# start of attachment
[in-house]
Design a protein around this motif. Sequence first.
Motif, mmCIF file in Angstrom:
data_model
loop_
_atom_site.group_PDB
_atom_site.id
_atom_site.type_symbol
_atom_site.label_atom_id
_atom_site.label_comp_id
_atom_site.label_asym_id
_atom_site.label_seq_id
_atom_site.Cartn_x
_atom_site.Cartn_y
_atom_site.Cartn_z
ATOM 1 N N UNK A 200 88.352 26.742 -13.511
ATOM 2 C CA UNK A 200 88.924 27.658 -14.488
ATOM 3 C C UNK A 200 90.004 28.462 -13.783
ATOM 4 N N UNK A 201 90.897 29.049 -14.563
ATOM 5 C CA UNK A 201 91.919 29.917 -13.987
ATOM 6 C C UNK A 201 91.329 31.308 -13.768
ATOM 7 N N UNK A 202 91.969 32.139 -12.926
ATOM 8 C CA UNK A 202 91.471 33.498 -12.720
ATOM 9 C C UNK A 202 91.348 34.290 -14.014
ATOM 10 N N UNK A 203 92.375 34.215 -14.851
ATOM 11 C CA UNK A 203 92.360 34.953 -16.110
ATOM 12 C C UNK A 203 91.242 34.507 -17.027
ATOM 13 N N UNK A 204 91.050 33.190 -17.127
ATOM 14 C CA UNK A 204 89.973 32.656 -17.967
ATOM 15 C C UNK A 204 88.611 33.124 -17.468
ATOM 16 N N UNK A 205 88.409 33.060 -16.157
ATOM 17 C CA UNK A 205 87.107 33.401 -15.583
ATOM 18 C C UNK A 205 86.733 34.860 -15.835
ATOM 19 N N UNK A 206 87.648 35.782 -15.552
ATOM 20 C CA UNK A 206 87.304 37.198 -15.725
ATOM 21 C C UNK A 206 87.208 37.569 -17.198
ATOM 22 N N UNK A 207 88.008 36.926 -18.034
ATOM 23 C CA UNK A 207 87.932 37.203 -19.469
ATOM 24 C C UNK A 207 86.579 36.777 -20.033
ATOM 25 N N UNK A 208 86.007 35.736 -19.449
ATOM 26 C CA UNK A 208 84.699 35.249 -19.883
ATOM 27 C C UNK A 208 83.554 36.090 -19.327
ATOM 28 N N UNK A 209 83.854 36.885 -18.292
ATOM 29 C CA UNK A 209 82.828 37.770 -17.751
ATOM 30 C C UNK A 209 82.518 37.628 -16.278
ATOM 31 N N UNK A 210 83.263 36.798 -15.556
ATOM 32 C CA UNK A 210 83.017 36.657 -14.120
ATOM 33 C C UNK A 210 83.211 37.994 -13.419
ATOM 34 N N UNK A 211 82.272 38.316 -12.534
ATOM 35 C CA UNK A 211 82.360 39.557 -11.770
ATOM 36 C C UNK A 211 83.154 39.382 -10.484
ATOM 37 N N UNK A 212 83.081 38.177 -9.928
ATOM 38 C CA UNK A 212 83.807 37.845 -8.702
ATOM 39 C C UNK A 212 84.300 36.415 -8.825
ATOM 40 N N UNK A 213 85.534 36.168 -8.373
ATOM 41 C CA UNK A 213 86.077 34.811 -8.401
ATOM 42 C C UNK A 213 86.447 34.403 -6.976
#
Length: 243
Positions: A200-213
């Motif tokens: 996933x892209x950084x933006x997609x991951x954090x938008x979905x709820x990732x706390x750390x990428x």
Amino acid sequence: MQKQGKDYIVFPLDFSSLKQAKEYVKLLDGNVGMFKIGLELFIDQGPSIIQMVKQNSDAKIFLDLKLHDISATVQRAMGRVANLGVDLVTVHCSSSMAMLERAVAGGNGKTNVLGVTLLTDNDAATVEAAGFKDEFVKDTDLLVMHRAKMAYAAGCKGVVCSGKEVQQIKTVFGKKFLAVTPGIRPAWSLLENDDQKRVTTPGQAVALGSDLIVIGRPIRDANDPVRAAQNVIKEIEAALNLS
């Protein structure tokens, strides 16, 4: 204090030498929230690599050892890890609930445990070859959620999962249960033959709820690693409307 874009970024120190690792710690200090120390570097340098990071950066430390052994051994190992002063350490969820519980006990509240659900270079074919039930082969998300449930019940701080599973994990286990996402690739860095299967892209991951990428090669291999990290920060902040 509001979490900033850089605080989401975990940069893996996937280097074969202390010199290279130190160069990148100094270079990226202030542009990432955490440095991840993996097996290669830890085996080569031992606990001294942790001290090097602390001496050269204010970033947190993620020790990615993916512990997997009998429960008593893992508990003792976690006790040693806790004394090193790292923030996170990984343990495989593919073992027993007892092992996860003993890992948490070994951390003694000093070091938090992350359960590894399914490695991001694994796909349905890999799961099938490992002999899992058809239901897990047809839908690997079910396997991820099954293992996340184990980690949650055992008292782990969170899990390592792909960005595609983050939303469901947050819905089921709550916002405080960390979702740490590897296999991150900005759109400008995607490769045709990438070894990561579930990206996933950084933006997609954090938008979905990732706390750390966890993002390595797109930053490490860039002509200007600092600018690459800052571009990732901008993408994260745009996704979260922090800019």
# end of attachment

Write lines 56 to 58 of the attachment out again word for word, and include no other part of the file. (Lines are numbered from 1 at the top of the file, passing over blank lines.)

ATOM 41 C CA UNK A 213 86.077 34.811 -8.401
ATOM 42 C C UNK A 213 86.447 34.403 -6.976
#